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Emilia Kovalcsik
Emilia Kovalcsik

How to stop reacting and start responding

Do you often replay a past situation or conversation in your head and wish you responded differently? Or are the best answers coming to you right after you finish the meeting or just after you hit the “Send” button?

I think we all had at least one conversation when we said something too quickly or we reacted in a way we wish we hadn’t. Unfortunately, we can’t take our words back, not every e-mail can be recalled, and an aggressive reaction rarely gets forgotten.

Reaction vs Response


When we react, we don’t take time to think our answers through. Our emotions take over, and our reaction is automatic; it is more of an impulse than anything else. It can be as simple as rolling the eyes when we hear an idea we find silly or a burst of derisive laughter when we should keep a straight face. The reaction is the first thing we do, very often involuntary, when an event occurs. Like hitting “Reply to All” and sending “You’ve got to be kidding me” to 30 people…

A response then follows the first reaction. It can happen that it will be the same, as your first reaction might have been just the right one. However, a response comes more slowly and gives time to consider the effect of your answer. Usually, a thoughtful response can save you from awkward situations and often damaging consequences. If your default reaction to bad news is shouting and blaming, you will not hear about issues until it is too late and they explode in your face.

So, even though we often use the words to react and to respond interchangeably, I think we all feel the difference between them. We would instead respond than react, especially in our workplaces (ok, if a tiger chases us, we probably don’t need to figure out a better response than RUN!).

Ideas to help you stop reacting and start responding


What you need is just a few seconds to let the first rush of a reaction pass and a more mindful answer appear. Just a few seconds and the Reply to All button is not that good of an idea anymore.

How do you gain these few seconds, though? A few tips and some ideas you might find helpful to get the few seconds for your response to form

  • Breath – yeah, I know how it sounds. The thing is that it works. If you take time to have a few full breaths before answering, it gives you just a few seconds you need before exploding and biting your colleague’s head off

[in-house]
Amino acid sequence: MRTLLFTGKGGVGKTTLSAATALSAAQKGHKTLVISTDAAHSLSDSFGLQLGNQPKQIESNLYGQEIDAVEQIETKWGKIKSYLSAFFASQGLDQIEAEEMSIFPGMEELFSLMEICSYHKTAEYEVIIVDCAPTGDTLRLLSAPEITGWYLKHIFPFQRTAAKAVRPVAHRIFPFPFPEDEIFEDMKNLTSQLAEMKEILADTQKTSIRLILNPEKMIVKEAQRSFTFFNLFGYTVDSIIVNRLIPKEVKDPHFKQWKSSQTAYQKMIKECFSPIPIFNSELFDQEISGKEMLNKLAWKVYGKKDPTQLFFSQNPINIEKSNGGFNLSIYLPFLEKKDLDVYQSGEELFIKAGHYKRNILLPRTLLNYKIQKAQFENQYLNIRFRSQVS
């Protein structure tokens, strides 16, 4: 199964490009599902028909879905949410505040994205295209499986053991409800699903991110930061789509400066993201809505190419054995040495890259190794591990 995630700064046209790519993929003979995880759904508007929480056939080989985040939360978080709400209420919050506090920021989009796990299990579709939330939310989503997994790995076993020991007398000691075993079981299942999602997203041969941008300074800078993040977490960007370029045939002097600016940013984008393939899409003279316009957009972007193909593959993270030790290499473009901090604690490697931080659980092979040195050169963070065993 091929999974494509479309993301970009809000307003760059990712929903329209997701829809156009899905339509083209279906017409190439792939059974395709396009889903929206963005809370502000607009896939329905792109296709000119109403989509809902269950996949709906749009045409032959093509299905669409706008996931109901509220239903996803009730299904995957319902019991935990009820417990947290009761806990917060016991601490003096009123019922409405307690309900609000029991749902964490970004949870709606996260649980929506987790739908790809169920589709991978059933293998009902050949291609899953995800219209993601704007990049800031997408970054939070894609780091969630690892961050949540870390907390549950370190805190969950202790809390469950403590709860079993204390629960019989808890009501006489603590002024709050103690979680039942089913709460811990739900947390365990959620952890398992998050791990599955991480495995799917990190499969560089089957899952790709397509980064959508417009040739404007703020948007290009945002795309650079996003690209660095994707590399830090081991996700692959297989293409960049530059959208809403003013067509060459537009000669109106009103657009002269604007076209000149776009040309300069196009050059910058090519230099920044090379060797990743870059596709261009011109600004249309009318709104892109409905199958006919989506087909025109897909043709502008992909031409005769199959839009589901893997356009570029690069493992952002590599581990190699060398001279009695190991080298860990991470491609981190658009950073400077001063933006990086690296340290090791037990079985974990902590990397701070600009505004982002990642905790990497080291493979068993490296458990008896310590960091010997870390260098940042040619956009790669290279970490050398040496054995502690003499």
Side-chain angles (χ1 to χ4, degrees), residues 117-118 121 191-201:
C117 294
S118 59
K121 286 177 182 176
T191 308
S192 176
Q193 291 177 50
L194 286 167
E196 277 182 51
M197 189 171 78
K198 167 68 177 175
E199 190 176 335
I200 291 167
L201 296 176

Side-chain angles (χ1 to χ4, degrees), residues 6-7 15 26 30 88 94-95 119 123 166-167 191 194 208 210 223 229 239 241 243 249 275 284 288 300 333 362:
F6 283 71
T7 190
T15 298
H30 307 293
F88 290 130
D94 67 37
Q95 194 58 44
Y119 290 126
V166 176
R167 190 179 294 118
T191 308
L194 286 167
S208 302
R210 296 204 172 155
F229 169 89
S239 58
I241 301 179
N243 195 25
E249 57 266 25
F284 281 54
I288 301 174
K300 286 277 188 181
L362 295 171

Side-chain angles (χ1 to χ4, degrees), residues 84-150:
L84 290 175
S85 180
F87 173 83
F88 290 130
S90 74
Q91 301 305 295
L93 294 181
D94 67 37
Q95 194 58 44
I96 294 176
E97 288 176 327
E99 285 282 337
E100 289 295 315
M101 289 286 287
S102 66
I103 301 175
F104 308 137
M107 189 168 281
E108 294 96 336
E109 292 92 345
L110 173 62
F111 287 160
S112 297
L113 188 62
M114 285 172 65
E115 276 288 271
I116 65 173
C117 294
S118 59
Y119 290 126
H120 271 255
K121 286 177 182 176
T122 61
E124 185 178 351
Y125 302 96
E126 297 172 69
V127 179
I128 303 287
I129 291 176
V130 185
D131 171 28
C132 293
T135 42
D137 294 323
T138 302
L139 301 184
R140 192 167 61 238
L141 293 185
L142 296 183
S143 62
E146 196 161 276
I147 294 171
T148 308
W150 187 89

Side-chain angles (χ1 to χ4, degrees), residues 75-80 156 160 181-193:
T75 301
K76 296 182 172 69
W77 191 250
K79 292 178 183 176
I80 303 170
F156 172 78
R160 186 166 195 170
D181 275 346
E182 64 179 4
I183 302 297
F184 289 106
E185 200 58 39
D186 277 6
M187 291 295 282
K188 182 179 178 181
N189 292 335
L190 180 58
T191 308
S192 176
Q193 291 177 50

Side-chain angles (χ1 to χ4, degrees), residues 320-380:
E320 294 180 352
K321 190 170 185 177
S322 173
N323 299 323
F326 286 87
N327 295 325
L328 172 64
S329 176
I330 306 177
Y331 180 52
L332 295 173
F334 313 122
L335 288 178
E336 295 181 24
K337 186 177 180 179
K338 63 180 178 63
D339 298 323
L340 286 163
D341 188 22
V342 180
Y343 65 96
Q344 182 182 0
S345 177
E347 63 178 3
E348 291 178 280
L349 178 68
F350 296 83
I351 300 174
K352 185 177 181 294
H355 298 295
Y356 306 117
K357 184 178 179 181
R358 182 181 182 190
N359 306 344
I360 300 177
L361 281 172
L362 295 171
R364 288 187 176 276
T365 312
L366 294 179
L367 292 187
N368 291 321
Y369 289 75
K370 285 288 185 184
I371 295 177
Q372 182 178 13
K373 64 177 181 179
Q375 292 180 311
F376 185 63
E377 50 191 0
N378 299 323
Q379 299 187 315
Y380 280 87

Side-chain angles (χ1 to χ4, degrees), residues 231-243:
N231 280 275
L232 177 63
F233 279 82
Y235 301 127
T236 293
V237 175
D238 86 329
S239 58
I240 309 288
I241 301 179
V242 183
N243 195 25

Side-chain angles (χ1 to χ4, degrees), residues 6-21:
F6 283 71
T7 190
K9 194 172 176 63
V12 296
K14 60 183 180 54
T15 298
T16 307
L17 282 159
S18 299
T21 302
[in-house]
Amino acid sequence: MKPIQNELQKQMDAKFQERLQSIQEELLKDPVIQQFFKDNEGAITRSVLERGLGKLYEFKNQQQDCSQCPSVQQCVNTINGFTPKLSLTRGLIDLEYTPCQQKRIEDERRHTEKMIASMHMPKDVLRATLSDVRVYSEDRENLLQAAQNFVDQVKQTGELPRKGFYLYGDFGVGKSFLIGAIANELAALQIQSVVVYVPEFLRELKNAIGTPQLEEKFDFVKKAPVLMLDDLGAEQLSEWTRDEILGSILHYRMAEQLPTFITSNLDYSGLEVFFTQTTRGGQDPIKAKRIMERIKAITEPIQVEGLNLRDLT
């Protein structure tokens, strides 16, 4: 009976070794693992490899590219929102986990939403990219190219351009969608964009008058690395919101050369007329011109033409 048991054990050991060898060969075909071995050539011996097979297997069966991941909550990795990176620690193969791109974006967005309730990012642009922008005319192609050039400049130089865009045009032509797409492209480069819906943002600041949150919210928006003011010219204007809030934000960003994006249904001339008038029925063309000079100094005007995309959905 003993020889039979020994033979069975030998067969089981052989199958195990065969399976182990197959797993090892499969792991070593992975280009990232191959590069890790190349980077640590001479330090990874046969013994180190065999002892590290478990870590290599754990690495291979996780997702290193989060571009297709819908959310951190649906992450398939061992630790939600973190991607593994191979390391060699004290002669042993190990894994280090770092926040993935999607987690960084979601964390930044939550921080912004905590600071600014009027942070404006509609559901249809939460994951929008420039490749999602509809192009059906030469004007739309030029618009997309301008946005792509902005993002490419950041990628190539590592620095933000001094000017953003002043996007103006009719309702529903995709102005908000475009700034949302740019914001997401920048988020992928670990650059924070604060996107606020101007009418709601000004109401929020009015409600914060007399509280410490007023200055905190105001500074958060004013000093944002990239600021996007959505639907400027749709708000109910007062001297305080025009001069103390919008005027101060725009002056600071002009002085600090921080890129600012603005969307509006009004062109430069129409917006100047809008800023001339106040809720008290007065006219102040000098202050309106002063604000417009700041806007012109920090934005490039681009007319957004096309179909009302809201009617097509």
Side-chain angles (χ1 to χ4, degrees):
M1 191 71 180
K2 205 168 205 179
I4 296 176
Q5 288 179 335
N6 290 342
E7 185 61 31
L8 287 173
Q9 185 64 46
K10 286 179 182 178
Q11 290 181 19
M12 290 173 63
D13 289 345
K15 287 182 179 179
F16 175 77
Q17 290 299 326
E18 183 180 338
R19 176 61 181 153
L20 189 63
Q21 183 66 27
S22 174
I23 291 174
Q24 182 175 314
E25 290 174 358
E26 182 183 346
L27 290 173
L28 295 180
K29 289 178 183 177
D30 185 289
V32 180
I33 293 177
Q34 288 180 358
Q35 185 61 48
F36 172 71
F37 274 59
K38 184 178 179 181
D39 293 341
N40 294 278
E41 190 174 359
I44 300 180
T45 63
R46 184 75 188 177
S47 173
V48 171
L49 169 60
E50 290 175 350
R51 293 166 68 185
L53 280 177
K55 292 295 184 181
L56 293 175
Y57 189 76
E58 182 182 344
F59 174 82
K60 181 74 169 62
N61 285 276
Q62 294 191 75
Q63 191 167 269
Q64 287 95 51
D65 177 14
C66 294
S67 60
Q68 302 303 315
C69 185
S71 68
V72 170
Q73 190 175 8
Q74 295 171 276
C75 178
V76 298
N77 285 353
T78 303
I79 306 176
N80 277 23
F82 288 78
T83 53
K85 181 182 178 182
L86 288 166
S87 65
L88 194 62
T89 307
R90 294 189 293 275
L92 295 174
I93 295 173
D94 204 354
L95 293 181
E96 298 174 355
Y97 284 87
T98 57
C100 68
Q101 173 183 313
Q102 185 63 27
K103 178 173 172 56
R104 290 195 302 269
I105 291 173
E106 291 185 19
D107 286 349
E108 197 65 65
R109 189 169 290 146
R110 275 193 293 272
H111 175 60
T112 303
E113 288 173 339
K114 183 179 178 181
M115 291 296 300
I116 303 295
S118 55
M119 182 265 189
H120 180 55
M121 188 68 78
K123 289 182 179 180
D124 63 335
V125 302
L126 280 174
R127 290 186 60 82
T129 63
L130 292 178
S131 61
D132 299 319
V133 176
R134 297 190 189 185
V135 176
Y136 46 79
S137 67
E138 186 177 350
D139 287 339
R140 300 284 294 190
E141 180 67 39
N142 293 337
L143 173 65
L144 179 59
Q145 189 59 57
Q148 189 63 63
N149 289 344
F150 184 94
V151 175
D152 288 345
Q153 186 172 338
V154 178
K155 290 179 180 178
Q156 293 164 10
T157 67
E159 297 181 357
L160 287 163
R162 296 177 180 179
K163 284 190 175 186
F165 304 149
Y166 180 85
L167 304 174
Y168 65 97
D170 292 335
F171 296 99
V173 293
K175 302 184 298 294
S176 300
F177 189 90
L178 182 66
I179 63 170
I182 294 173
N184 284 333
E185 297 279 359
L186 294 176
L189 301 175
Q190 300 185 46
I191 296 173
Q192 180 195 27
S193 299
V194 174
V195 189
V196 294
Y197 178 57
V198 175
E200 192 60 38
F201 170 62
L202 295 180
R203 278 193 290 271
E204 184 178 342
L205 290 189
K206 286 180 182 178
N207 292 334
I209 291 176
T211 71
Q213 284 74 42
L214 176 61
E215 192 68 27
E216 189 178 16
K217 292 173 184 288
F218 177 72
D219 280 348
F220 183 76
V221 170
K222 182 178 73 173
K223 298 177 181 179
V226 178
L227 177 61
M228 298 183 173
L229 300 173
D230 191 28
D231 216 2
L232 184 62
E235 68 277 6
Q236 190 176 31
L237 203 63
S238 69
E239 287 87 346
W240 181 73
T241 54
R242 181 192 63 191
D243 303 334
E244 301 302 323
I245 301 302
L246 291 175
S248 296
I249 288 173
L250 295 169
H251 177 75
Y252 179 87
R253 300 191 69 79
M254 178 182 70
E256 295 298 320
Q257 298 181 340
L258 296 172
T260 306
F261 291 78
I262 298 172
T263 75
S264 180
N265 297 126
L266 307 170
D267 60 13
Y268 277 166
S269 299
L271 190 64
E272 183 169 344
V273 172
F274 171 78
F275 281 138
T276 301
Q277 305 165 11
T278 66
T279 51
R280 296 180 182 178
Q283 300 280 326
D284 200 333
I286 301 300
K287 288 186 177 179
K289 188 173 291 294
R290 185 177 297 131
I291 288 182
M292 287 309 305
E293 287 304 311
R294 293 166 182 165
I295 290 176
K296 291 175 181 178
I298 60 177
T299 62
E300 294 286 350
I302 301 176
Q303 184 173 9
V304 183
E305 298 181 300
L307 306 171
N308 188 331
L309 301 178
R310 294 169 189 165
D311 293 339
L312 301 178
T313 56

• Count to 5 – quietly in your head (or aloud if you want to confuse whoever you are talking to)
  • When talking to someone, repeat what they just said and ask if you understood it well. This trick will give you time and perhaps an idea of how to respond best when hearing again what was just said
  • Stand up and walk a bit if you can, let your body move to help your head clean, gain a different perspective by changing your position
  • Instead of calling someone immediately to tell them what you think about them and their work, instead take time to write an e-mail, give yourself a few minutes before responding
  • When you are tempted to write a nasty e-mail – do it, and don’t send it! The initial anger will get its way out, and you will be able to compose a new answer without emotions (I have a collection of those unsent e-mails…)
  • And when you know that a few seconds is not enough, be honest and say that you need time to think about your response. And take your time. It is always better to answer with a delay than to give it immediately and ruin a good relationship or a chance to close a critical project.

What else?


You also want to remember that you have a choice and that YOU are in charge of your reactions. At first, it will be challenging to change your habitual response – I still sometimes do roll my eyes when faced with stupid hmm unexpected ideas – but with time and attention, you can build a new set of reactions that will serve you, your team and your work much better.

Try to recognize your patterns and situations that trigger your unwanted reactions, give them some thought and understand what gives the impulse to acting.

  • Are you triggered by people being late with their work?
  • Are you exploding when faced with errors in the reports?
  • Or maybe your team member keeps coming late for meetings?

Ask yourself the following:

  • What are my current responses to those events? Is it anger, annoyance, shouting and perhaps disrespectful comments to my colleagues
  • What are the consequences of these? What are my reactions causing? When I act like that are people delivering on time, are they making fewer errors?
  • What would I rather have? Respect and understanding that timely and correctly performed work is in the best interest of everyone

When you answer these questions and you understand your motives and what you want to achieve, your response becomes easier and will come more naturally to you. Give it a go and see what you can achieve.

How will you respond to that?

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